Fringe Kimonos: Don’t Believe the Hype


Things that happen when you are a stay at home mom and also wear practical clothing such as a trendy fringe kimono:

1. It gets hung on your wallet zipper while taking out your metrocard, sending the wallet ricocheting behind your head so you have to crawl back under the turnstile to retrieve it and wow I’m glad it wasn’t rush hour.

2. It gets looped over the handrail in the back of the elevator and you get stuck and can’t walk out and your kids already walked out without you, and you get think for a second they’re going to go get on the train without you, which to be honest at this point they might be better off.

3. When you get home and start making mac & cheese you walk by the stove and a couple of the fringes catch on fire for a second.

4. You realize you were just ON FIRE literally and not in the way people say when someone is looking cute.

5. You decide that was the last straw and this fringe kimono is a menace to society, and post it for sale on Poshmark immediately.

Day 2,315


Here I am on day 3 of being a mom. I’m up to day 2,315 and I’ve learned a couple of things. I think if I could go back in time, I would tell the woman in this photo that –
1. You won’t ever use that baby swing.
2. You don’t really need to take your 6 month old baby to Central Park all the time. There is a nice park 2 blocks from your apartment. She won’t remember going to Central Park as an infant, and won’t care that it’s “the best park in the world” for at least 5 more years (if ever).
3. Also unnecessary: Baby Massage Class.
4. Ok and while we’re on the subject, “dry clean only” clothing is not for you anymore. Don’t worry, the athleisure trend is right around the corner! Don’t ask.
5. If you think you’re tired now, wait 2 1/2 years.
6. This is going to be scary, and it’s also going to make you strong and emotional and resilient and goofy in ways you’ve only experienced a fraction of in life so far. You’re about to morph into a fully actualized person. It’s going to be a confusing process. I promise it’s worth it.
7. That purple horse dress hanging in the background is way too big for a baby.
8. When in doubt, hug it out.*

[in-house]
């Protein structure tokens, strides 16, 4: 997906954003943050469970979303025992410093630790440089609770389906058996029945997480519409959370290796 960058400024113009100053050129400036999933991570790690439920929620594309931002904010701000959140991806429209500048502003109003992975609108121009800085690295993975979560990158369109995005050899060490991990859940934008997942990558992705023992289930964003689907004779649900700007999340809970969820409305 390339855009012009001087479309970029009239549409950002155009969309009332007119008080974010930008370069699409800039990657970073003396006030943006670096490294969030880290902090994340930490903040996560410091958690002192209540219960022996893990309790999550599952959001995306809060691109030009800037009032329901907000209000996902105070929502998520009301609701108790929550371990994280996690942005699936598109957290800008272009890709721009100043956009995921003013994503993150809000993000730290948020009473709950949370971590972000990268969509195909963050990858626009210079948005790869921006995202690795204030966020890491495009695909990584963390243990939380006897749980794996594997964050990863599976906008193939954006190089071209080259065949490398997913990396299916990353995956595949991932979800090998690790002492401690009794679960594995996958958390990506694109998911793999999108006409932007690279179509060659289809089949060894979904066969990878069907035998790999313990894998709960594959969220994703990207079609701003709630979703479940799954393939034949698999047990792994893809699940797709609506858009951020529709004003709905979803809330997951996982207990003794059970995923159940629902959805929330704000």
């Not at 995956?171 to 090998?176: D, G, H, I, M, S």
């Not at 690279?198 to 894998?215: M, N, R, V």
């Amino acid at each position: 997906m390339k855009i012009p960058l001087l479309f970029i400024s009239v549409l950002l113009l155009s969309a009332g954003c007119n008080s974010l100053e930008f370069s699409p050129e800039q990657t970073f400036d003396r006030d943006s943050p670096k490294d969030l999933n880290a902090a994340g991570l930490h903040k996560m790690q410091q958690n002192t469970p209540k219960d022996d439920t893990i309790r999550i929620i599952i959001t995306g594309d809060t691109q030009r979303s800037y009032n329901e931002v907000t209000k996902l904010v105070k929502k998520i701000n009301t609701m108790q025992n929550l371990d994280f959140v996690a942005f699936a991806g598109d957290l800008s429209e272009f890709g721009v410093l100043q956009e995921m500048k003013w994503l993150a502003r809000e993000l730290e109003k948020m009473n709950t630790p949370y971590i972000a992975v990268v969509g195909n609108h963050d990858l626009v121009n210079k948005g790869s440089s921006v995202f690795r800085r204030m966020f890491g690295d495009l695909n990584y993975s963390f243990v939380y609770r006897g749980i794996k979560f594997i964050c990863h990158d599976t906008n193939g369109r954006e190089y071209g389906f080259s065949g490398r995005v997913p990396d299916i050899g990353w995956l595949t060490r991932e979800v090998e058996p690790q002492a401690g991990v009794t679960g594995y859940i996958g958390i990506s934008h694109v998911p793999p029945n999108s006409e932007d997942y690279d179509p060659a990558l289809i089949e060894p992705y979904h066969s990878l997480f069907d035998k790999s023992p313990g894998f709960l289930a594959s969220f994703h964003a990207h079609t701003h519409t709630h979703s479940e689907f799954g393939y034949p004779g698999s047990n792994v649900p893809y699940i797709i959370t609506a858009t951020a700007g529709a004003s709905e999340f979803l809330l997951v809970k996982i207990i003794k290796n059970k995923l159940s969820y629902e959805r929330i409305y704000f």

*Also hug it out when you aren’t in doubt. Basically hugs are the most important thing.

The World Champion of Staying Awake


This is a public apology to anyone I’ve been short with and / or asked confusing questions to which I should have already known the answer in the past month or so. But here’s how I’ve been sleeping at night: After my daughter goes to bed at 7:30 pm sharp, my 3.5 year old son reads books and draws* and eats snacks and watches this weird guy named Blippi on YouTube and then plays some songs on his little guitar for about 3 hours, until he finally gets tired enough to start the process of thinking about beginning to fall asleep. Then around 11 pm, he crawls up on my bed where I’ve usually already dozed off a number of times, says, “Sleep is too long for me” or “I’m not tired” or “Remember when that picture fell off the wall?” (that was in our old apartment and I have no idea how he remembers it. But he was 6 months old and kept crawling over and pointing to where it was supposed to be until I hung it back up), or “Do you remember that green car I had when I was a baby?” Then I answer, “Maybe…the wooden one in your room?” And he says, “NOOOOOOO the GREEN one!!” and I say, “That one IS green.” Then we have an argument and I tell him that mommy can be nicer in the morning after she gets some sleep. At that point I’m awake enough to start googling things that have been on my mind, such as:

– How much coffee is too much?”
– How much Febreze is too much?
– Does the show PJ Masks encourage kids to stay up all night?
– Die from lack of sleep
– Die from lack of sleep science
– Can 4 year old safely eat whole bag of dried mango in 2 minutes
– Sugar bad for you science
– Sugar bad for you fake news

Then I text my husband from the other room and tell him I’ve made some horrible discovery from googling things. He tells me to get off the google. Pretty soon after that my son crawls up on the bed and after tossing and turning for around 20 minutes, climbing inside my shirt, giving me 584 zerberts and making me tell him a story (but not one in a book, one I make up on the spot), he finally gets tired enough to fall asleep. I call my husband in to carry him to his bed. My husband is now speaking in tongues. Then around 3 am, our son comes back into our bed, sprawls his tall little body across the entirety of it, and goes to sleep, sort of. Then every 10 minutes or so, his arm spazzes out and he hits me directly in the eye. That goes on until my alarm goes of at 5:50 am. In summary, my child only requires 5 hours of sleep a night in order to be a thriving, energetic little boy and that is way less than a normal adult requires and someone help me.

*Last night he brought me this drawing and said, “Mommy, I made some mermaids for you.” So everything is forgiven.


Moms Under A Microscope


People ask me all the time what I do while my kids are at school. Everyone asks stay at home parents that question, all the time. And for about a year before I had kids, I was a nanny. Someone I knew in the fashion industry needed one for her daughter, plus I knew I wanted to have kids of my own soon so I figured it would be a perfect transition and I would get some good experience. So I quit my 9-5, and would do school pickup every day, then bring her home and do all the after school homework help / take her to karate class / figure out dinner kind of thing. Then her parents came home and took over, and I went home. Anyway, my point is that never once in that year did anyone ever ask what I did with my mornings before I picked up my girl at school. I worked for about 6 hours a day, and the other 18 hours were all mine. But nobody cared. It’s odd.